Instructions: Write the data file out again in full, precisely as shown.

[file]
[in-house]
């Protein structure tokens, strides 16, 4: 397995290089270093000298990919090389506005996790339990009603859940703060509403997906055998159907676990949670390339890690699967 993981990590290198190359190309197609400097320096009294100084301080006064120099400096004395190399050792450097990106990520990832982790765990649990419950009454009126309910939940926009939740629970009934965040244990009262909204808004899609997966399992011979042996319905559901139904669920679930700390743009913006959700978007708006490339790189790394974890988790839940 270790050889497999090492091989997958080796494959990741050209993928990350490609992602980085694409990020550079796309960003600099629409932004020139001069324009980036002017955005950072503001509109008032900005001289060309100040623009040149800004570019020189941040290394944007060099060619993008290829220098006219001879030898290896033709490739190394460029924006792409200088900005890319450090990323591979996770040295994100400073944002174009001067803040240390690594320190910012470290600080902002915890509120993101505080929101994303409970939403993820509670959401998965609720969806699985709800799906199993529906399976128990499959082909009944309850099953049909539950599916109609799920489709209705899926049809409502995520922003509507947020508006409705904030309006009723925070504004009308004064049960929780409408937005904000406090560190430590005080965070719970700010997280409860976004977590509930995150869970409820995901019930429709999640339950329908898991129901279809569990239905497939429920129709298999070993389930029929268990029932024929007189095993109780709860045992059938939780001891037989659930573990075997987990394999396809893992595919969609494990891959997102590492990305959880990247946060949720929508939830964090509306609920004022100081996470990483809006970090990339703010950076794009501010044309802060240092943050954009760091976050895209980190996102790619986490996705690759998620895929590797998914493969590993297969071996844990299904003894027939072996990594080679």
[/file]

[in-house]
């Protein structure tokens, strides 16, 4: 397995290089270093000298990919090389506005996790339990009603859940703060509403997906055998159907676990949670390339890690699967 993981990590290198190359190309197609400097320096009294100084301080006064120099400096004395190399050792450097990106990520990832982790765990649990419950009454009126309910939940926009939740629970009934965040244990009262909204808004899609997966399992011979042996319905559901139904669920679930700390743009913006959700978007708006490339790189790394974890988790839940 270790050889497999090492091989997958080796494959990741050209993928990350490609992602980085694409990020550079796309960003600099629409932004020139001069324009980036002017955005950072503001509109008032900005001289060309100040623009040149800004570019020189941040290394944007060099060619993008290829220098006219001879030898290896033709490739190394460029924006792409200088900005890319450090990323591979996770040295994100400073944002174009001067803040240390690594320190910012470290600080902002915890509120993101505080929101994303409970939403993820509670959401998965609720969806699985709800799906199993529906399976128990499959082909009944309850099953049909539950599916109609799920489709209705899926049809409502995520922003509507947020508006409705904030309006009723925070504004009308004064049960929780409408937005904000406090560190430590005080965070719970700010997280409860976004977590509930995150869970409820995901019930429709999640339950329908898991129901279809569990239905497939429920129709298999070993389930029929268990029932024929007189095993109780709860045992059938939780001891037989659930573990075997987990394999396809893992595919969609494990891959997102590492990305959880990247946060949720929508939830964090509306609920004022100081996470990483809006970090990339703010950076794009501010044309802060240092943050954009760091976050895209980190996102790619986490996705690759998620895929590797998914493969590993297969071996844990299904003894027939072996990594080679």